Another week of dates and numbers here. While the process of preparing this is quite interesting and educational, it is also tedious, and I will be glad when we get around to early next year and I won’t be redoing these anymore…
Also, lots of famous deaths this week… kind of sad.
1893 – Rued Langgaard, Danish composer and organist (d. 1952)
1914 – Carmen Dragon, American conductor and composer (d. 1984) You may understand why I was a bit incredulous at this name, and then somewhat also surprised to see it was a man.
1741 – Antonio Vivaldi, Italian violinist and composer (b. 1678). Only like, super important.
1750 – Johann Sebastian Bach, German organist and composer (b. 1685). Ditto… Would it be too much to call him like, the father of the traditions of classical music?
2012 – Colin Horsley, New Zealand-English pianist (b. 1920)
1646 – Johann Theile, German composer (d. 1724)
1817 – Martin Körber, Baltic German pastor, composer, and conductor (d. 1893)
1846 – Sophie Menter, German pianist and composer (d. 1918)
1887 – Sigmund Romberg, Hungarian-American pianist and composer (d. 1951)
1844 – Franz Xaver Wolfgang Mozart, Austrian pianist, composer, and conductor (b. 1791)
1856 – Robert Schumann, German composer (b. 1810)
1970 – John Barbirolli, English cellist and conductor (b. 1899)
1899 – Gerald Moore, English pianist (d. 1987)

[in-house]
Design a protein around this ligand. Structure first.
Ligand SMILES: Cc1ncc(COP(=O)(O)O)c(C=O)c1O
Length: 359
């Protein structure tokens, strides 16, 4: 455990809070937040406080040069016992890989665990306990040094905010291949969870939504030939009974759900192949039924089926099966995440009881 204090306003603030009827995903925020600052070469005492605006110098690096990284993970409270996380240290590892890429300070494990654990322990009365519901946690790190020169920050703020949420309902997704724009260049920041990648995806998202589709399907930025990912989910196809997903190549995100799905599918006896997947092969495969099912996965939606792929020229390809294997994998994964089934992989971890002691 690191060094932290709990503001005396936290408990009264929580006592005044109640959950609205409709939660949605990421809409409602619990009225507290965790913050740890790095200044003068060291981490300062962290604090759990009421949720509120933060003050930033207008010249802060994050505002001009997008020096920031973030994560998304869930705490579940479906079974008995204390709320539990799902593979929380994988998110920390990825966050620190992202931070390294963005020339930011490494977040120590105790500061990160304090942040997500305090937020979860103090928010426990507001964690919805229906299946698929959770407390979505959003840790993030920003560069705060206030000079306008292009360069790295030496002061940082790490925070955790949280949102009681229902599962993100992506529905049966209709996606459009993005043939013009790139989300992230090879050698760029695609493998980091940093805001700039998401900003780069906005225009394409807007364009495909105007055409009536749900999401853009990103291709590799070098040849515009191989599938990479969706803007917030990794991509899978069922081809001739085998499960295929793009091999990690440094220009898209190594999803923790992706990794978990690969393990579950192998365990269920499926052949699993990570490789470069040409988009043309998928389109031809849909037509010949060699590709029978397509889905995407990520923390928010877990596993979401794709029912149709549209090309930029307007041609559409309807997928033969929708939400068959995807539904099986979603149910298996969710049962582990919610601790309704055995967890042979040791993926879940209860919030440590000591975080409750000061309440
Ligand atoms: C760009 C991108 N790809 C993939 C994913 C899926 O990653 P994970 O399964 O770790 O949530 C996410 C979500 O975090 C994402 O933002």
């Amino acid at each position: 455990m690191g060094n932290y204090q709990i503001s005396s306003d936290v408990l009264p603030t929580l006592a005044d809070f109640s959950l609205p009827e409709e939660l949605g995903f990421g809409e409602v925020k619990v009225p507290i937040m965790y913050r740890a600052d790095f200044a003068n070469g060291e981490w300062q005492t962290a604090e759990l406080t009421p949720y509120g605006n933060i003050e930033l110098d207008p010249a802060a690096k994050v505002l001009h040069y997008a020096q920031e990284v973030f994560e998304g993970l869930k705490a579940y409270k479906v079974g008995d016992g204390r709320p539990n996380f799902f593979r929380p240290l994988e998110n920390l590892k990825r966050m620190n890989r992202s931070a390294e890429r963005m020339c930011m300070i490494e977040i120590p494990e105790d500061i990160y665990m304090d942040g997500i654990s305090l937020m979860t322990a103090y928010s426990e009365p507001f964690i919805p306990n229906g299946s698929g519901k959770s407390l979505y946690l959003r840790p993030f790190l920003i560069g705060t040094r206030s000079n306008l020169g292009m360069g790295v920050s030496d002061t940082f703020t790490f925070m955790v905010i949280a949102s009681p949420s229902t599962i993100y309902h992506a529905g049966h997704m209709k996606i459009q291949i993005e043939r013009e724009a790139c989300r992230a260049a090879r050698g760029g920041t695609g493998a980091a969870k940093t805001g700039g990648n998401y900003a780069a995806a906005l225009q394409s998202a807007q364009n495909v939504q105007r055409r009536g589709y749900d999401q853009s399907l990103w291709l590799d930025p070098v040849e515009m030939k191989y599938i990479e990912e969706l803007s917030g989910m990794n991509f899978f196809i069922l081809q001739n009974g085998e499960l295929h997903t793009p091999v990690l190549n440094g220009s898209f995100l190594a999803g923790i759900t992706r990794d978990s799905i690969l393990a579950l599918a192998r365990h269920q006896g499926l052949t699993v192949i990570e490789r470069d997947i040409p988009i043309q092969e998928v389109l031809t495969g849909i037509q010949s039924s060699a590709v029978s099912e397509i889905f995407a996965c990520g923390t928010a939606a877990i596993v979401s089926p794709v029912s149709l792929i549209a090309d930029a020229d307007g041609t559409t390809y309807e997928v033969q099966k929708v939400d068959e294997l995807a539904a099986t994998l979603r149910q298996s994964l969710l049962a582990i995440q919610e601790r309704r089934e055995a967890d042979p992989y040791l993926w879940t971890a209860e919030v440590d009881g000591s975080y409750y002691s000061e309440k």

1948 – Julia Tsenova, Bulgarian pianist and composer (d. 2010)
1970 – George Szell, Hungarian-American conductor and composer (b. 1897) One of the biggest conducting names of the 20th century.
1847 – Ignacio Cervantes, Cuban pianist and composer (d. 1905)
1911 – George Liberace, American violinist (d. 1983) Yes, indeed… older brother to the other Liberace
1886 – Franz Liszt, Hungarian pianist, composer, and conductor (b. 1811). Of the Romantic era (and of the piano), I think of Liszt, Chopin, and Schumann. The latter two were born within a few months of each other, Liszt a year later. However, he died three decades after Schumann did, at the ripe old age of 74, ancient compared to the other two, neither of whom lived four full decades.
Welcome to the month of August.
1858 – Hans Rott, Austrian composer (d. 1884) If it weren’t for Brahms, this young man’s symphony would probably be hailed as one of the greatest from such a young composer, although it’s probably more complicated than that. Listen to his symphony and tell me Mahler didn’t adore this piece so much that he used significant portions of it as inspiration for his own first symphony (or the Lieder he wrote that he later recycled in his first symphony).
2012 – Douglas Townsend, American composer (b. 1921)
1891 – Arthur Bliss, English composer and conductor (d. 1975)
1905 – Karl Amadeus Hartmann, German composer (d. 1963)
1945 – Pietro Mascagni, Italian composer (b. 1863)
1978 – Carlos Chávez, Mexican composer and conductor (b. 1899)
2012 – Mihaela Ursuleasa, Romanian pianist (b. 1978)
1934 – Michael Chapman, English bassoon player (d. 2005)
1835 – Wenzel Müller, Austrian composer and conductor (b. 1767)
1920 – Peeter Süda, Estonian organist and composer (b. 1883)
1998 – Alfred Schnittke, Russian composer (b. 1934) Significant composer, but not one I can appreciate at the moment.